The chamber is pushing for a system in which additional visas would be granted when the U.S. economy was strong and unemployment low; the number would be reduced, sometimes significantly, if the unemployment rate rose.
“Current work visa laws contain arbitrary caps that have absolutely no connection to what’s happening in the real world,” Donohue said during a recent panel discussion on immigration at the National Press Club. “Outdated and overly restrictive visa polices are depriving America of both the high- and low-skilled workers that we need. We need a visa system tied to market demands.”
But the AFL-CIO is skeptical and has proposed creating a commission that would analyze the unemployment rate, regional economic conditions and industrial demands before setting and adjusting visa caps.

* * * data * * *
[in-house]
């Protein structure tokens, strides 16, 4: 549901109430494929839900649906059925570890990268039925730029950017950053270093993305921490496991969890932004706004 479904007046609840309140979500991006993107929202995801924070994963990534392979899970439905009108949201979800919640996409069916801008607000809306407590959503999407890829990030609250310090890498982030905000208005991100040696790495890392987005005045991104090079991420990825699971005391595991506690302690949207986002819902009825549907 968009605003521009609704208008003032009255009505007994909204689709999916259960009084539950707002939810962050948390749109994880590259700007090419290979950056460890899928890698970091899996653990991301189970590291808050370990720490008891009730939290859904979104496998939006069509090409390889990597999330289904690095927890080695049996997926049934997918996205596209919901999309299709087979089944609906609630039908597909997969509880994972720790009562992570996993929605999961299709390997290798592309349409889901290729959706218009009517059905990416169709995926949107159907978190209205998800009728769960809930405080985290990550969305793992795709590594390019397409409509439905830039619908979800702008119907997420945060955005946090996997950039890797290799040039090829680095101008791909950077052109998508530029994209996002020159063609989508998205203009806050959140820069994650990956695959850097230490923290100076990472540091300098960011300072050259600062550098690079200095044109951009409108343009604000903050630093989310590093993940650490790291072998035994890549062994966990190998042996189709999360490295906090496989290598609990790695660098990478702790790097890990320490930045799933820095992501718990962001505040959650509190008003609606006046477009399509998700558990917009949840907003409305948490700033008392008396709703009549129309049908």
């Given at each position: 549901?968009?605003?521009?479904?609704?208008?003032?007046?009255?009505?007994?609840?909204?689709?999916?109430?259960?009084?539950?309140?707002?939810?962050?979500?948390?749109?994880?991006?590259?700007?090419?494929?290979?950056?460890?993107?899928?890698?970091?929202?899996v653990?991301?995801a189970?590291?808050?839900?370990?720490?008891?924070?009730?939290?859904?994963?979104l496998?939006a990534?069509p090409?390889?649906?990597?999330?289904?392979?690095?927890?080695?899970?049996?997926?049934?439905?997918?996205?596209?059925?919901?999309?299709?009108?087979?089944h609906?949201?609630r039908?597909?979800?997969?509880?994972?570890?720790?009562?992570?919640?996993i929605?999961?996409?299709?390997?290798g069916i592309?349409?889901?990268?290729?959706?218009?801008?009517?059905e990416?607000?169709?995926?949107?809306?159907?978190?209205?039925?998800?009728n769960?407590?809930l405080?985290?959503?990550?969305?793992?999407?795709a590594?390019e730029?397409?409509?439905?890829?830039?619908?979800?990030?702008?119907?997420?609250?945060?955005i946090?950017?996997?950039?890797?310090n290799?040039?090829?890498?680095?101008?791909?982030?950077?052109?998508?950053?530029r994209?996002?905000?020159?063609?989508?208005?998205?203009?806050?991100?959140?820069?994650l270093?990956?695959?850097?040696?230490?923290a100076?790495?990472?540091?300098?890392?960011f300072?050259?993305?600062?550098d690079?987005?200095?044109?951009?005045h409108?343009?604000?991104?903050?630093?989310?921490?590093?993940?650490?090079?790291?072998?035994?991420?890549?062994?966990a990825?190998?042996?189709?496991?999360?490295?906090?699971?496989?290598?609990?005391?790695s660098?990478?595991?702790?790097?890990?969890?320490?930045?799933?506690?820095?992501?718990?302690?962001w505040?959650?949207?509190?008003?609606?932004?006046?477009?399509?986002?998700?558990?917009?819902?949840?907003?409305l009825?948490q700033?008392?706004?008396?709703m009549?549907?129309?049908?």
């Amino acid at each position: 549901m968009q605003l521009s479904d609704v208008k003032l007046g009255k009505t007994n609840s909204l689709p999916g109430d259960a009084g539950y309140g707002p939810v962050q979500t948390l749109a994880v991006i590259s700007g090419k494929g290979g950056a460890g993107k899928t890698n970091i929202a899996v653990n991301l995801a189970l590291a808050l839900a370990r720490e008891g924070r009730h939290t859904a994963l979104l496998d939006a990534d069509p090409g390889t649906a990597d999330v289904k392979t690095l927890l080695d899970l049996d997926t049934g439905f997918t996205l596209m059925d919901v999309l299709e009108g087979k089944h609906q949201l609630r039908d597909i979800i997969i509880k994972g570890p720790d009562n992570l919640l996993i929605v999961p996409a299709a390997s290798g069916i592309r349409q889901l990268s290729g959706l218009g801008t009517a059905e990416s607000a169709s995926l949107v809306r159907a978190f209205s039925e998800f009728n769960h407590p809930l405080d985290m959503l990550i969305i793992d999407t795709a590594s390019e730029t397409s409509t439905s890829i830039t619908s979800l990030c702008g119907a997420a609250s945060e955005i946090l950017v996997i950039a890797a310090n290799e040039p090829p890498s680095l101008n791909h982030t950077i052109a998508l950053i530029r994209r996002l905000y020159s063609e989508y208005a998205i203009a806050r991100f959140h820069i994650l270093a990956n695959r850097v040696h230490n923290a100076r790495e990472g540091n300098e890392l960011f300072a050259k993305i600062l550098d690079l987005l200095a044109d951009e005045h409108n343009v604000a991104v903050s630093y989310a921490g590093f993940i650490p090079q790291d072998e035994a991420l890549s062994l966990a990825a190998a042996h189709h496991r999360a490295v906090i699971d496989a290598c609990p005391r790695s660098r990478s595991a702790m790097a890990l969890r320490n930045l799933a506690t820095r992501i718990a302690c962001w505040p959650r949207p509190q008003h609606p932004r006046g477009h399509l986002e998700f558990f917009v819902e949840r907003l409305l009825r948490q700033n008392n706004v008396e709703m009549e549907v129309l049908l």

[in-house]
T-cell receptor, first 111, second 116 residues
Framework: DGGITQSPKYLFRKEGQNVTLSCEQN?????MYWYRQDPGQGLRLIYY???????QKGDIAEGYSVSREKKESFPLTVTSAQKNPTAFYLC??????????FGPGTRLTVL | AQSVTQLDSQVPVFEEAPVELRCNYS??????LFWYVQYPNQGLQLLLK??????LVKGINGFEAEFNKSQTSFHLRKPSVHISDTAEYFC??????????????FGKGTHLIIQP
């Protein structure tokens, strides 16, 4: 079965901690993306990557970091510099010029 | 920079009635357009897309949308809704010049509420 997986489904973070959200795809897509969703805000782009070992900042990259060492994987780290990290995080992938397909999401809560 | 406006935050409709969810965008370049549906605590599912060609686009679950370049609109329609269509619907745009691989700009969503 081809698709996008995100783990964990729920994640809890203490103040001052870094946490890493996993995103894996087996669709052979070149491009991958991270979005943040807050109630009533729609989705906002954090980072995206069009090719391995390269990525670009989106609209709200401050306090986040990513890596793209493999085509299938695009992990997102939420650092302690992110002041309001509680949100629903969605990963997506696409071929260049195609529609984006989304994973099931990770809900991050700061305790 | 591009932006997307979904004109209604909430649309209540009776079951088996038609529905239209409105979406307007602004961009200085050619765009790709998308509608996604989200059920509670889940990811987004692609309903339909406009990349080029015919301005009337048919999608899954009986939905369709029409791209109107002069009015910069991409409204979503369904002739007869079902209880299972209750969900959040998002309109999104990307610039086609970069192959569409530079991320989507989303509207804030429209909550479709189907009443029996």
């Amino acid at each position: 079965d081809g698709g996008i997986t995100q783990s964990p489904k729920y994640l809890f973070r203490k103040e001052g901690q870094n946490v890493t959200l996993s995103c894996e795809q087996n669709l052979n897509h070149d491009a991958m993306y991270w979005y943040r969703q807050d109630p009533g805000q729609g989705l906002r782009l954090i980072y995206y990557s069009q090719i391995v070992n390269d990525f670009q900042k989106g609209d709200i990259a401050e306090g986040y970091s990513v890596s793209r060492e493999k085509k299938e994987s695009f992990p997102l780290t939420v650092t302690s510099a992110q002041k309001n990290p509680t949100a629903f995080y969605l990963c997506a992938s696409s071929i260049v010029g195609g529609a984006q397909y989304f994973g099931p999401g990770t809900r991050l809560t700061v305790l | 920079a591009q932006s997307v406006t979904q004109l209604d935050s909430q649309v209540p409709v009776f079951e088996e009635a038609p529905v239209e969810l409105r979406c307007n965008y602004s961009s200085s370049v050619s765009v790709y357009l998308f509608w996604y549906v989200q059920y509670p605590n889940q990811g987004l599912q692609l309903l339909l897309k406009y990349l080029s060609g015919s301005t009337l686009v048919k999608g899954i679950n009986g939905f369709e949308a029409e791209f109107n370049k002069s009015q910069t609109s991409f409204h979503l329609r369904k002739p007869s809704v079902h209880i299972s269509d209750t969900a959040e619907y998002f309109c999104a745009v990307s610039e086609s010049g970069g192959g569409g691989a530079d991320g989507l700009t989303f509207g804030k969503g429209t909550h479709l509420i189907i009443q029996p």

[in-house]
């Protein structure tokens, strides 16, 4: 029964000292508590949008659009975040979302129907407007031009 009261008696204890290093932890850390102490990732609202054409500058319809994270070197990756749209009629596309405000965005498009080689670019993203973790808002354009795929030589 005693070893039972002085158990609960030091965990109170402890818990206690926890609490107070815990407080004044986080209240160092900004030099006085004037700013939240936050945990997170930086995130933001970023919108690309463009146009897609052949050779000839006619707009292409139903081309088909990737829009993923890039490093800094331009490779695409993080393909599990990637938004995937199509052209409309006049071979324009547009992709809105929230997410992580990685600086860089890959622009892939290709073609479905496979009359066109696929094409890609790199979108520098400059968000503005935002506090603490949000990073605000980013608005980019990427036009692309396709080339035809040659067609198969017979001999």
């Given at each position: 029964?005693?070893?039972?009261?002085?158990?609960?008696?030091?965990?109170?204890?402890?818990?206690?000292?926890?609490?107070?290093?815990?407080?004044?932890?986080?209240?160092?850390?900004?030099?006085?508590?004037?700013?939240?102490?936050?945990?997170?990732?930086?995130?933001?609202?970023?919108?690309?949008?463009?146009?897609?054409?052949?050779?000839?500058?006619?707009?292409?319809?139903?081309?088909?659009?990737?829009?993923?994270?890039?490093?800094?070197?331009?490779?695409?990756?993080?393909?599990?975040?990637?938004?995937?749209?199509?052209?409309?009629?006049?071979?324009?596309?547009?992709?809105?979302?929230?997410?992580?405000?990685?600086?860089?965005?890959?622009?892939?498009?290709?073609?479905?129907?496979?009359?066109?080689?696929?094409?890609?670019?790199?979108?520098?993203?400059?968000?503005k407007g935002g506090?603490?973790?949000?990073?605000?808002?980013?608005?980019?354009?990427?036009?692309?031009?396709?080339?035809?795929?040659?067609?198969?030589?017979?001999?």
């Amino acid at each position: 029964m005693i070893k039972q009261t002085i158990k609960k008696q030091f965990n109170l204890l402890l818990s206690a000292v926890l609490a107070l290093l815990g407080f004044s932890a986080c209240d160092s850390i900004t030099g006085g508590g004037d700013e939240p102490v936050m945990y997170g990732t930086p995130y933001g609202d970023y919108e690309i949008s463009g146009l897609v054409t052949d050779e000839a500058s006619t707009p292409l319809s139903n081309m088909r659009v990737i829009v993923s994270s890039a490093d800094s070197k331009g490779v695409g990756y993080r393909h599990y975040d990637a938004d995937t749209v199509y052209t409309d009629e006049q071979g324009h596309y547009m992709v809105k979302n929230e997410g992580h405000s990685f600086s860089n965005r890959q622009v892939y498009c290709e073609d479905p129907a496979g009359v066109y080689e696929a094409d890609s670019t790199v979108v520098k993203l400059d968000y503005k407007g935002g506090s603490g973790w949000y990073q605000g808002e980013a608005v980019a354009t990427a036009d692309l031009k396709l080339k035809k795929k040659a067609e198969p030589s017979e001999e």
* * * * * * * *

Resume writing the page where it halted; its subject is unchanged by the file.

Heading into the White House on Tuesday, Steve Case, a co-founder and former chief executive of AOL, said he supports increasing the number of visas for highly skilled foreigners.
“I hope he says that he’ll approach comprehensive immigration reform with urgency and in a bipartisan way, and that it’ll include a strong high-skilled immigration component,” Case said of Obama.
In past debates, unions have clashed with one another on some issues. In 2007, the AFL-CIO split with another powerful labor group, the Service Employees International Union, which favored the Senate bill that included phasing out the guest-worker program after five years.
Eliseo Medina, secretary-treasurer of the SEIU, said his organization supported the bill only to get it into the House, where it could have been amended again.
This time, he said, labor is united.
“At that time, the Democrats were in charge. So we said, ‘If we stop it in the Senate, it’s not going to go anywhere,’ ” Medina said. “What happened was they killed it, and that was it. But this year, we’re on the same page.”
Rosalind S. Helderman and Philip Rucker contributed to this report.